Today is 7/29/2014
Ames Public Library
620 Lincoln Way
515 Douglas Ave.
Ames, Iowa 50010
Fines, Renewals, etc:
- What is a news feed?
- How do I subscribe to Ames Library news feeds?
- What is a news reader?
- Should I use a news reader?
- What does RSS mean?
A news feed (also known as an RSS feed) is a listing of a website's content. It is updated whenever new content is published to the site. News readers "subscribe" to news feeds, which means they download lists of stories at an interval that you specify (every 30 minutes, for example), and present them to you in your news reader.
A news feed might contain a list of story headlines, a list of excerpts from the stories, or a list containing each story from the website. All news feeds will have a link back to the website, so if you see a headline / excerpt / story you like, you can click on the link for that piece of content and will be taken to the website to read it.
Step one is to download your favorite news reader. If you have never used one before, check out the "What is a news reader?" and "Should I use a news reader?" sections below.
Once you have a news reader, point it to the following address:
A news reader (also known as a news aggregator) is simply a piece of software that you can use to read your subscribed news feeds. It is to news feeds what Outlook, Hotmail, and Entourage are to email.
The short answer: it depends.
The longer answer: if you visit a lot of websites on daily basis, or read a lot of weblogs (or "blogs"), a news reader can save you a lot of time. Sites like ABCNews.com, Salon, and the New York Times all have syndicated feeds.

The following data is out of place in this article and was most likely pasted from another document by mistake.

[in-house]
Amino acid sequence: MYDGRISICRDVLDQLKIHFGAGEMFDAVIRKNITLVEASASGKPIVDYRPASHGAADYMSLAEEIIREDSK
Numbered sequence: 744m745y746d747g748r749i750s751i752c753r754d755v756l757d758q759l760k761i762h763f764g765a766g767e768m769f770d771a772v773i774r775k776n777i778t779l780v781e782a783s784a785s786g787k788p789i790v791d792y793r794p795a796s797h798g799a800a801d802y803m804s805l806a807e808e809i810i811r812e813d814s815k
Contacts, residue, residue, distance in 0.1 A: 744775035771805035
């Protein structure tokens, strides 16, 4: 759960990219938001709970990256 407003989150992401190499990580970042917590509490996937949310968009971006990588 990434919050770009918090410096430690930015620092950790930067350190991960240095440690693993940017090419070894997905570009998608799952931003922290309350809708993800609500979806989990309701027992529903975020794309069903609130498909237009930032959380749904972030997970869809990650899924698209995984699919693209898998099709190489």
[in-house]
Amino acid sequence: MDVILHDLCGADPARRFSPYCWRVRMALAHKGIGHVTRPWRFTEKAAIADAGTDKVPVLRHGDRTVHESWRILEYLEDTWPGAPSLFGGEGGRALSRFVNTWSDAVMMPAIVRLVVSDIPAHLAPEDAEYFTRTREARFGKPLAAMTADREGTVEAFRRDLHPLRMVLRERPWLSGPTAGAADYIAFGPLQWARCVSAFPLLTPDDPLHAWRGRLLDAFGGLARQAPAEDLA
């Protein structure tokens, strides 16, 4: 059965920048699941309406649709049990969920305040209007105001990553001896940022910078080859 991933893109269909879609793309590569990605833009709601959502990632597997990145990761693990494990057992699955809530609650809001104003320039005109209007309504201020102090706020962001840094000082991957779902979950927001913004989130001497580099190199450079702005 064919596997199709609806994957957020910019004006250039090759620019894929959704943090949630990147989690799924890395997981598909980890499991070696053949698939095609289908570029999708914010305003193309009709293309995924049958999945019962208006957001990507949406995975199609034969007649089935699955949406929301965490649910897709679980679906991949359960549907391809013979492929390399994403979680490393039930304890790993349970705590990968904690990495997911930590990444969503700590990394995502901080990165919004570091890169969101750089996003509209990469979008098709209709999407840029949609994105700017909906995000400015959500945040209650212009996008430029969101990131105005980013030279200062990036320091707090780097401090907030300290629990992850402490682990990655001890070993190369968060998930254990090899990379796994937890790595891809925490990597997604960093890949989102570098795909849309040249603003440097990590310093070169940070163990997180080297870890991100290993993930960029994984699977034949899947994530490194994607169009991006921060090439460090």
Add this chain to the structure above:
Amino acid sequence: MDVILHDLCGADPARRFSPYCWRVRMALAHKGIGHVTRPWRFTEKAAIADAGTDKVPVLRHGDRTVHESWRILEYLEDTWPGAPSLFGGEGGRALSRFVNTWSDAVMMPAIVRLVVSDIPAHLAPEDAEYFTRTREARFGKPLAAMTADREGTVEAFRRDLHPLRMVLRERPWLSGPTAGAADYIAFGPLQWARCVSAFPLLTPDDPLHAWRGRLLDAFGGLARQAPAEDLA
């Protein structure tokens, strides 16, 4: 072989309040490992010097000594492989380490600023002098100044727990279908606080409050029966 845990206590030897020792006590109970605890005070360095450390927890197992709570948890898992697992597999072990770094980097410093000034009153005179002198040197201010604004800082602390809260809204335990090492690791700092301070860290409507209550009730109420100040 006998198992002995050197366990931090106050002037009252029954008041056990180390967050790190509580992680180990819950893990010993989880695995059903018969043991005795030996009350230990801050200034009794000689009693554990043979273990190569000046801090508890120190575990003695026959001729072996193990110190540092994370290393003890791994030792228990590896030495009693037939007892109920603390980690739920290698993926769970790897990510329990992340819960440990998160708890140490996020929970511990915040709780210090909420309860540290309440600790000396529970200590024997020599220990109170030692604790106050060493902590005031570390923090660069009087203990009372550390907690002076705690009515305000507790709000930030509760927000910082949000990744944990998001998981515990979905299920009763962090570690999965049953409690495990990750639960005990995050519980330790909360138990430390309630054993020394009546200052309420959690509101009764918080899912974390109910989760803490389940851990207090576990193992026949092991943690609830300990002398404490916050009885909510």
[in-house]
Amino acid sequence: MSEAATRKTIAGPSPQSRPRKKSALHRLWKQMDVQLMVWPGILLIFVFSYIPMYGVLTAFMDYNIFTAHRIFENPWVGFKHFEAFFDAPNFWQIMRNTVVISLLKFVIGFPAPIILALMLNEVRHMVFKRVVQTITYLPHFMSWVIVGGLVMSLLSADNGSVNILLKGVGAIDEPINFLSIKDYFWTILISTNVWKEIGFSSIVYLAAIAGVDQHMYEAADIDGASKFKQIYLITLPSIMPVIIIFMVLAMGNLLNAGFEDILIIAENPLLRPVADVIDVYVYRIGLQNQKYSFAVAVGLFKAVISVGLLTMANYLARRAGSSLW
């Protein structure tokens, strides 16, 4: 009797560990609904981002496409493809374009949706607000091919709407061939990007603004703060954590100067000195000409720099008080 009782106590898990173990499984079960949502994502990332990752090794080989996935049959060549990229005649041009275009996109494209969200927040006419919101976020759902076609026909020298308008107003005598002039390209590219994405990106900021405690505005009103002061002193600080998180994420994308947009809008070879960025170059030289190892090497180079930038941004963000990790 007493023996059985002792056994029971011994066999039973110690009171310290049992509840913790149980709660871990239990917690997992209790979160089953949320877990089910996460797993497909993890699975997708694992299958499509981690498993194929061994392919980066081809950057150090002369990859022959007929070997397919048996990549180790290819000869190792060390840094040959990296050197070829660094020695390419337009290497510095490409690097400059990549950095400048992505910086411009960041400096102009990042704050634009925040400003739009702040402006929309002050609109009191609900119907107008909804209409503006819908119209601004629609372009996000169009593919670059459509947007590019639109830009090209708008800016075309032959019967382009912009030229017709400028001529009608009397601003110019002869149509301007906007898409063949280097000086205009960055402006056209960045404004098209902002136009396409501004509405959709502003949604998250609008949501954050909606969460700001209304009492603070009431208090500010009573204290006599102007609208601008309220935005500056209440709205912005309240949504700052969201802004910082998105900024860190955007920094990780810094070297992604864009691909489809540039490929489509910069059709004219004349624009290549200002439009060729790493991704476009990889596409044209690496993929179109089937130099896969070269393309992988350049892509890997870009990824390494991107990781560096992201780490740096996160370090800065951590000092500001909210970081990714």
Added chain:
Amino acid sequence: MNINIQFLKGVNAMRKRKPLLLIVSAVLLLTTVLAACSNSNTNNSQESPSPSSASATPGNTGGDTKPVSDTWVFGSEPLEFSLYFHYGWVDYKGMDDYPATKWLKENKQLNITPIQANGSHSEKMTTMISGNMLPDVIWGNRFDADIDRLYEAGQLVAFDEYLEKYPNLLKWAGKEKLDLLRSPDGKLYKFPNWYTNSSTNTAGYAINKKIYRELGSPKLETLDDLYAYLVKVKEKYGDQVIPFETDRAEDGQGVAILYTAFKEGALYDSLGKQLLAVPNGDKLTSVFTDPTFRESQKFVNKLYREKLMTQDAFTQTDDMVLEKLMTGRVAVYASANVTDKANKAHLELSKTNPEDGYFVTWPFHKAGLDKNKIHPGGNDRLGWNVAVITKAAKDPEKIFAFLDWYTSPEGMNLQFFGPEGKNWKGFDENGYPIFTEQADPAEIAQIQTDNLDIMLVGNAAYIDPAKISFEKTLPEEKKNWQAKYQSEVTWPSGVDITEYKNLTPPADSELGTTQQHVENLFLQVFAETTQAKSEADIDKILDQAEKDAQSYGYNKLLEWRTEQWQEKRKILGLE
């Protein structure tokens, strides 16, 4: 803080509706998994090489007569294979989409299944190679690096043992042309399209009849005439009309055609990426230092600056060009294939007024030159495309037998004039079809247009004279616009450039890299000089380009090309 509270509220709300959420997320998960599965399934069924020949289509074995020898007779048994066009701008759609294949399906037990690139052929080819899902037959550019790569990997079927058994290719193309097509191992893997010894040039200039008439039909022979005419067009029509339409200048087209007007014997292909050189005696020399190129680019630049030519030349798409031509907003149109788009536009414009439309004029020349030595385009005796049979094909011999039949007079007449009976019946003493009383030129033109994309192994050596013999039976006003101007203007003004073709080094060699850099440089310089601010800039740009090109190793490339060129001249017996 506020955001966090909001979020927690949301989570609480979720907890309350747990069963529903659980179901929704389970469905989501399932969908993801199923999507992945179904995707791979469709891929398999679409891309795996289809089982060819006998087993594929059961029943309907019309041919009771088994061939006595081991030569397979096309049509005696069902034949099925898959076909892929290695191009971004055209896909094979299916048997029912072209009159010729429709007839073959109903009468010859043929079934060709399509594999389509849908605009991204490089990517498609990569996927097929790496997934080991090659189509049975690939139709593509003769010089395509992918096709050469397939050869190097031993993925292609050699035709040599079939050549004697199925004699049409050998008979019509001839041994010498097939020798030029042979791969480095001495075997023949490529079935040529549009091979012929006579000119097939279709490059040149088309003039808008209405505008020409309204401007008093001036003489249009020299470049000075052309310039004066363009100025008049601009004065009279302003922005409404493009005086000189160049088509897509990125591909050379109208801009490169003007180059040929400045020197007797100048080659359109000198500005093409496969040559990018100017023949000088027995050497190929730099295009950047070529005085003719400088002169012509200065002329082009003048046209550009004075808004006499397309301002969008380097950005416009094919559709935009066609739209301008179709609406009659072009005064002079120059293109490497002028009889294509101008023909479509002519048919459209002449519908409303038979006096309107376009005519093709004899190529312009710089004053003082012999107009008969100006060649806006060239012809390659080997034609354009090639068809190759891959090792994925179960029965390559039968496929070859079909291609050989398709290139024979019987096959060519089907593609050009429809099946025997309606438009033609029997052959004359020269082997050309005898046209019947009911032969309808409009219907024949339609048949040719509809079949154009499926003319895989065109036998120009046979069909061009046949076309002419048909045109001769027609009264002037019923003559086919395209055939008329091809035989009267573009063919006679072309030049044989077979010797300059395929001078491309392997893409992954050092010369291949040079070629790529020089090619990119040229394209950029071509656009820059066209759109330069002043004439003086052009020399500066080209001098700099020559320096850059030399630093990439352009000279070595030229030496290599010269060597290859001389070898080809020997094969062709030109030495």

Using a news reader to consume your web media means that you only need to visit a website when you read a story in your news reader that is of interest to you. You won't have to visit your favorite sites to see if there are updates; your news reader will do that for you and will let you know when there is a new story to be read!
So if you visit a lot of websites regularly, or want to be alerted automatically when your websites published a new story, using a news reader might make sense.
Some commonly used news readers are Feed Demon, Sharp Reader (free), and NewsGator (a free Outlook plugin) for Windows; NetNewsWire and Shrook (free) for Macs; and Bloglines.com (free) for those who like web-based readers.
Depending on whom you ask, the acronym RSS stands for "Really Simple Syndication", "Rich Site Summary", or any of a handful of others.
The meaning of the acronym is not terribly important, however. An RSS feed (also known as a news feed) is a site's syndicated news feed that you subscribe to using your news reader.